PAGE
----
The observations that follow are compromised by the low altitude and declination of the objects I ended up observing. I noticed as I was transcribing these that the star magnitudes and galaxy sizes I had indicated are considerably off; the poor transparency of the southern sky dimmed field stars and washed out faint galactic haloes to the point of invisibility. I was working on objects as near to the meridian as possible, which is good operating procedure in any case, but many of these objects simply weren’t going to be able to successfully fight the gunk in the sky’s lower third. Should I have stuck to objects at higher altitude/declination? Possibly. But many of these targets would be more difficult at Eagle’s Ridge and impossible at Eagle’s Rest due to obstruction along the horizon, so they’d need to be observed at Eureka anyway. So I plowed ahead, knowing as I did so that these notes would be less accurate than they would be in better conditions.



MOON: 25 days (21% illumination); rose at 4:57 AM
TRANSPARENCY: 5; 4 below 30˚ altitude
SQM: 21.3
NELM: not checked
WEATHER CONDITIONS: temps falling to mid 40s; some breeze below ridge level, high humidity/ground fog

Others present: JO, KO, FS, JL, JP, Bob M, MD

NGC 1964 (Lep): still not totally dark—galaxy dimmer than when I saw it in Illinois—elongated S slightly P-N slightly F—1.5′ x 0.67’—has a bright core and bright stellar nucleus—halo fairly diffuse—may be a threshold star just on P edge of halo—ends of halo very difficult, not defined—P very slightly N of galaxy by 2′ is a 10.5-mag star; N very slightly P that star by 2.5′ is a 10th-mag star; P slightly S of that star by 0.5′ is a 12th-mag star—SP the galaxy by 5′ is an 11th-mag star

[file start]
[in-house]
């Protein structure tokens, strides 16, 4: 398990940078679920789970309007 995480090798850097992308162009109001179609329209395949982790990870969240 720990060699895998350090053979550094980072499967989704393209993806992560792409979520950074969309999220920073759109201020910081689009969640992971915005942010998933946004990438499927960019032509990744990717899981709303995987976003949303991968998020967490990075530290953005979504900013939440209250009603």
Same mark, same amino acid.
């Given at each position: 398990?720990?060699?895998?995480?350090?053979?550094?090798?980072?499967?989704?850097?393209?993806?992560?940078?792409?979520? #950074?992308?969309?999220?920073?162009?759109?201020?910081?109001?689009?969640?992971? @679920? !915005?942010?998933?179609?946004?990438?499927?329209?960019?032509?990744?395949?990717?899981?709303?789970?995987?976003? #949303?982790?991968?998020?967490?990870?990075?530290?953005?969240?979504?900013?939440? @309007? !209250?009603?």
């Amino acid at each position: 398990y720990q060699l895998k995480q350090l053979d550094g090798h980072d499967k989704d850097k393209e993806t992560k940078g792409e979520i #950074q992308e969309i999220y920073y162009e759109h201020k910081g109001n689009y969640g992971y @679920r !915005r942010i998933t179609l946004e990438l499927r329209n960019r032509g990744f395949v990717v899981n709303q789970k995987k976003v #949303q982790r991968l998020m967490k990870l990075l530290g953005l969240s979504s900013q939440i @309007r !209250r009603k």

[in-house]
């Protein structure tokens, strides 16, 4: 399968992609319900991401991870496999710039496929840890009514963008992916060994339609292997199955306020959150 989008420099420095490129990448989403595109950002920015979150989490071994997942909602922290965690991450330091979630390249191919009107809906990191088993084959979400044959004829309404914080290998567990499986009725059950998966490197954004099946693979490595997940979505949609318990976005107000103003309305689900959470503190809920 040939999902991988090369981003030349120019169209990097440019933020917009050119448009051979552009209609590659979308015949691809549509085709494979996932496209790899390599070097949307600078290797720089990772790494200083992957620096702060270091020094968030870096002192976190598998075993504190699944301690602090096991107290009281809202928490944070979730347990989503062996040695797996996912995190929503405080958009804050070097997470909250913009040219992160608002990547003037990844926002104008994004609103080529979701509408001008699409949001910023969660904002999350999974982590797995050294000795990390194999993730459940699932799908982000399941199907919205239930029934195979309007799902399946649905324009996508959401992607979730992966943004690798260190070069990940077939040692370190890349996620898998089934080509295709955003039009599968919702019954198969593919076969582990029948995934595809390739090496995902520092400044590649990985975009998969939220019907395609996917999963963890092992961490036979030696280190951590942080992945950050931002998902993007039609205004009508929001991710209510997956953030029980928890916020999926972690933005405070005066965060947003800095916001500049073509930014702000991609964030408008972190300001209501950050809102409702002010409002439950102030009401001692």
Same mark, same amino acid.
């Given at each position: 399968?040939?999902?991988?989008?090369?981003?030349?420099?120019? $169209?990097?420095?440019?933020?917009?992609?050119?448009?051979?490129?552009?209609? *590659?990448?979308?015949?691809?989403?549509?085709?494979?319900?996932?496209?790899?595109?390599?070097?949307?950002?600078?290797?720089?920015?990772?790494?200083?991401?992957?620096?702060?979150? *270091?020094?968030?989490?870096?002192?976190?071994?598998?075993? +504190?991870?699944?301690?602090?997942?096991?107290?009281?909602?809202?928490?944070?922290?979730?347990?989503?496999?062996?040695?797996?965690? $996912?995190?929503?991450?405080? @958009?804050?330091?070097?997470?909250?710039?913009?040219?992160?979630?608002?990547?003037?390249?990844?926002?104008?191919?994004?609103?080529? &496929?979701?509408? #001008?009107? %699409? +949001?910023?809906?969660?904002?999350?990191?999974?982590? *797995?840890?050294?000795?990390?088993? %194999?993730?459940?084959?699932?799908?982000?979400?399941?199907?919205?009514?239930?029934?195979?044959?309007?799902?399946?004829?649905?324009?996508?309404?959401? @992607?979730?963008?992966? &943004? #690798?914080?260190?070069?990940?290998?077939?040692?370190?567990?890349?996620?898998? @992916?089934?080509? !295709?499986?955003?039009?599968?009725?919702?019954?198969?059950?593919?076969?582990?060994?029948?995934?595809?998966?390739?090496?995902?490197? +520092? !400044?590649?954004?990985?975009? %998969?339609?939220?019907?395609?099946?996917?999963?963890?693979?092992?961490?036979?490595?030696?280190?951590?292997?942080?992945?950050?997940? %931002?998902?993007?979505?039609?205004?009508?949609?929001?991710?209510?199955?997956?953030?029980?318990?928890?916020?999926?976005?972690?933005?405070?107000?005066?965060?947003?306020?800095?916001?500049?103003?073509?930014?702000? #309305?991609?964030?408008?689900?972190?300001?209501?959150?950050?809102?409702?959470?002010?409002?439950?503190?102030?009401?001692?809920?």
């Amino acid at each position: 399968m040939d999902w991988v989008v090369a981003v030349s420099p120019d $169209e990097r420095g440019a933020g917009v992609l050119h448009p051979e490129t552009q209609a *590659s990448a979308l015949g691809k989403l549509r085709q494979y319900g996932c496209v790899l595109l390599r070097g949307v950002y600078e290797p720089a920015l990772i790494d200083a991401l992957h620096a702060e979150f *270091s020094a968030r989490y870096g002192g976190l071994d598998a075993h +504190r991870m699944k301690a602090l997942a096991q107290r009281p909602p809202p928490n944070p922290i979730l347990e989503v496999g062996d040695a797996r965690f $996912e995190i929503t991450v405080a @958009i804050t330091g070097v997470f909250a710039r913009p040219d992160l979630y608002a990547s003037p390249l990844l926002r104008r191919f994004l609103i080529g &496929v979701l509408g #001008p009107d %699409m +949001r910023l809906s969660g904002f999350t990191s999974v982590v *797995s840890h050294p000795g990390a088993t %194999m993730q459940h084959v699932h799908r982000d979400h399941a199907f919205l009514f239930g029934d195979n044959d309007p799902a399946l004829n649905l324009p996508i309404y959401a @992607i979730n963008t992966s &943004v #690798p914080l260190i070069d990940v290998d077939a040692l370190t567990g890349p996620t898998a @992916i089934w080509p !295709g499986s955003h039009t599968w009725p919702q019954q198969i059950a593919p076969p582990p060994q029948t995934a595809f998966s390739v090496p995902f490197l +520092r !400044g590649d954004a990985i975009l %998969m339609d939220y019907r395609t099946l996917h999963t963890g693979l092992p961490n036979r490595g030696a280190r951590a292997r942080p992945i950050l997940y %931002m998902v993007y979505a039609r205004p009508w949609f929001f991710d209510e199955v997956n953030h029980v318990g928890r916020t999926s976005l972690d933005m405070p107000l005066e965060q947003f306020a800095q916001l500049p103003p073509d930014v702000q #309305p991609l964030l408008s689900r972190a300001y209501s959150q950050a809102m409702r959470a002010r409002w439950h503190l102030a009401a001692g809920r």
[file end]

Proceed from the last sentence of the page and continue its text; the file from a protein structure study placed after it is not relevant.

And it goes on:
At this point (or thereabouts), one of the observers made note of the zodiacal light in the northwest. Caused by sunlight scattering off of dust in the ecliptic plane of the solar system—-and therefore along the Zodiac—-the zodiacal light requires very dark skies to be seen. It’s a faint triangular glow that stretches from the horizon southeast along the constellations of the Zodiac. (It actually covers the whole sky, but is usually too dim, even from a dark site, to be seen aside from its brightest portion.) On this night, the Zodiacal light reached beyond the Pleiades, a faint triangular mist that served as an extra reminder of how fortunate I was to have skies so free from the artificial glow of humanity.

NGC 2139 (Lep): already missed 1162—galaxy is kind-of impressive—face-on spiral based on brightness profile—quite diffuse—slightly brighter core—threshold stars around galaxy? Hard to tell if nucleus present—somewhat elongated mostly P-F—1.25′ x 0.87’—brighter central region is 2/3 of length of galaxy—bracketed on S by a 10th-mag star 4′ from galaxy and by a 12th-mag star N very slightly P galaxy by 5’—3.5′ N very slightly P galaxy (in a line between galaxy and 12th-mag star) is a 13.5-mag star—N of galaxy by 5.25′ is a 13th-mag star (three stars make a small triangle)—N of galaxy by 1.5′ is a 14.5-mag star—back to 11th-mag star S of galaxy: a 14th-mag star S of that star by 1.25’—S of galaxy by 15′ is a 9th-mag star; another 9th-mag star P slightly S previous star by 6′, two brightest stars in field

NGC 2196 (Lep): on Lep-CMa border, way low in sky—pretty round—diffuse halo, brighter core (redundant tonight)—substellar nucleus is pretty obvious—1.0′ round—another face-on?–in middle of diamond of 10.5-11th-mag stars; closest star is 10.5-mag, NF galaxy by 9′; clockwise in eyepiece: faintest star of four (11.5-mag) NP galaxy by 11′; NP that star by 3.5′ and 4.5′ are 12.5- and 13th-mag stars; back to galaxy: 11th-mag star P very slightly S by 9.5′; brightest in diamond is S very slightly F galaxy by 13’—14th-mag star S very slightly F galaxy by 2.5’—another 14th-mag star P very slightly N of galaxy by 2.25′; another group of stars extends N and arcs S from that previous star and ends at star on P corner of diamond—N slightly P galaxy by 21′ is an 8th-mag star—NF galaxy by 19′ is a 9th-mag star